With a SoD S21 the landlord has to somehow let the tenant know it's OK to stay on, or risk the tenant obeying the S21. Thus making it conditional and therefore invalid. After all a tenant should leave on expiry of the S21 and a good tenant will unless given reason to believe otherwise. The landlord doesn't want to evict a good tenant and on day 1 when serving the S21 he doesn't know if the tenant is good or not. Presumably he thinks the tenant will be otherwise why allow the tenancy?

I reckon it'd be easy to prove the landlord made the S21 conditional as I've already said elsewhere.

But ultimately the best defence for a tenant is to make clear they will obey the S21 unless it is properly withdrawn in good time.

PS. Where does it say a full challenge has never been successful against a SoD S21? I don't see that anywhere and even if it did does it say the tenant used the defence of you can't make a S21 conditional?

MrShed
18-02-2007, 21:14 PM
I think what it says is that no legal challenge can succeed unless it is one of the three points I made above, of which the S21 being conditional is one. If one of these three points can be proven, that there SHOULD be no question that this successfully invalidates the S21.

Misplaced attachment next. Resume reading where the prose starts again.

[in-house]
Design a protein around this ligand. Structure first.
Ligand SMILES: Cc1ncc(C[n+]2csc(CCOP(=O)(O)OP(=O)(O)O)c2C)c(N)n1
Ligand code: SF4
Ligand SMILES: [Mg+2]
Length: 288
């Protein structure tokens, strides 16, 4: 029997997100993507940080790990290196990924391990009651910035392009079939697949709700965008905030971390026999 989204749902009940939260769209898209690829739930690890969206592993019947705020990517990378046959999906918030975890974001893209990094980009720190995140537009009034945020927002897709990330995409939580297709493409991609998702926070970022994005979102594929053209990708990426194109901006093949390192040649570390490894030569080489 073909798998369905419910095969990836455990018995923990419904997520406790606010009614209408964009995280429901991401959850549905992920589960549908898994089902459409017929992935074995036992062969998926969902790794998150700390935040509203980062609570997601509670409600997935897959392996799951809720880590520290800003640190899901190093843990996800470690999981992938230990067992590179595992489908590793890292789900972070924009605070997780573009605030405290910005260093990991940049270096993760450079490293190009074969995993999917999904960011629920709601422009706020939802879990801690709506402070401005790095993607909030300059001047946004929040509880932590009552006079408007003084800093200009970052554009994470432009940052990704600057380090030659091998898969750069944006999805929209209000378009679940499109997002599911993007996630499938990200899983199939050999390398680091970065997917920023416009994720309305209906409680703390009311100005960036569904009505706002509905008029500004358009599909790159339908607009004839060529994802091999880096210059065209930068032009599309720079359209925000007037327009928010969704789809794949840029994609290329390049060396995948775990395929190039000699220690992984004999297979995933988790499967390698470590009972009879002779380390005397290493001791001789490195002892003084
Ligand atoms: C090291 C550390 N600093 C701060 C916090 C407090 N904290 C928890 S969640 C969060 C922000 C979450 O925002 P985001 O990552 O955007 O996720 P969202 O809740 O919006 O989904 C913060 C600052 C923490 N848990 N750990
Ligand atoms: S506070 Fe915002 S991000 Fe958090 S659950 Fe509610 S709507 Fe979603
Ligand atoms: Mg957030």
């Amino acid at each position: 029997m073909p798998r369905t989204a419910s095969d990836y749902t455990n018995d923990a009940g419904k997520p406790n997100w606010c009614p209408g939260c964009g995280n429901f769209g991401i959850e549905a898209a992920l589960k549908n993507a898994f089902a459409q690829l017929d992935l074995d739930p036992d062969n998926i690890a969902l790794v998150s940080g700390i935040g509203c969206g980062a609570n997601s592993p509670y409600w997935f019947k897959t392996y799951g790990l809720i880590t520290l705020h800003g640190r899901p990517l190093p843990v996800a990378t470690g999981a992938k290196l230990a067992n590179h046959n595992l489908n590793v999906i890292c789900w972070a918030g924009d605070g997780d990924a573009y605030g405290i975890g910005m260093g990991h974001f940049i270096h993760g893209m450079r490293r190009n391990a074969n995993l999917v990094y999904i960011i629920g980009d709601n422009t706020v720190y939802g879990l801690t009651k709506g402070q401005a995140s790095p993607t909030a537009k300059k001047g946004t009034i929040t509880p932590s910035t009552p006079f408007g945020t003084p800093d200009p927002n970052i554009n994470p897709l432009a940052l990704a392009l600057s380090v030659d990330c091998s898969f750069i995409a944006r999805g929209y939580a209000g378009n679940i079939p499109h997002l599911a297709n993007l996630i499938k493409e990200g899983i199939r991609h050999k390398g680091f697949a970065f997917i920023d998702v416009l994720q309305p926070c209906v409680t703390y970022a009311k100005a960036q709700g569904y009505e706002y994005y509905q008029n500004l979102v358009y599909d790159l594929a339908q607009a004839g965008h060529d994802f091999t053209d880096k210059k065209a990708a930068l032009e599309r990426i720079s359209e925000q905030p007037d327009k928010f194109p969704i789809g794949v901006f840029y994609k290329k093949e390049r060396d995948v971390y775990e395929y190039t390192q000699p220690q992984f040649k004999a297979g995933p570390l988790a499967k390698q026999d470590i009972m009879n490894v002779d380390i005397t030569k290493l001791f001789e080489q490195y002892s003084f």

Bel
18-02-2007, 23:01 PM
Hi Ruth; please see my comments in red for points you raised concerning my post
Well that is a good thread and I agree with lawstudent that the S21 has no time limit. lawstudent is defending the S21 on the basis of age, that an S21 remains invalid indefinitely. No one is disputing that now. I was just responding to the OP of this thread; this is no obvious from the OPThe thread does however address the issue of what the landlord may do to invalidate the S21, e.g. making it conditional on the tenant's behaviour.

See paul_f's post #36 in the thread:

http://www.landlordzone.co.uk/forums/showpost.php?p=1776&postcount=36

And #39

http://www.landlordzone.co.uk/forums/showpost.php?p=1782&postcount=39

With a SoD S21 the landlord has to somehow let the tenant know it's OK to stay on, or risk the tenant obeying the S21. Thus making it conditional and therefore invalid. After all a tenant should leave on expiry of the S21 and a good tenant will unless given reason to believe otherwise. The landlord doesn't want to evict a good tenant and on day 1 when serving the S21 he doesn't know if the tenant is good or not. Presumably he thinks the tenant will be otherwise why allow the tenancy?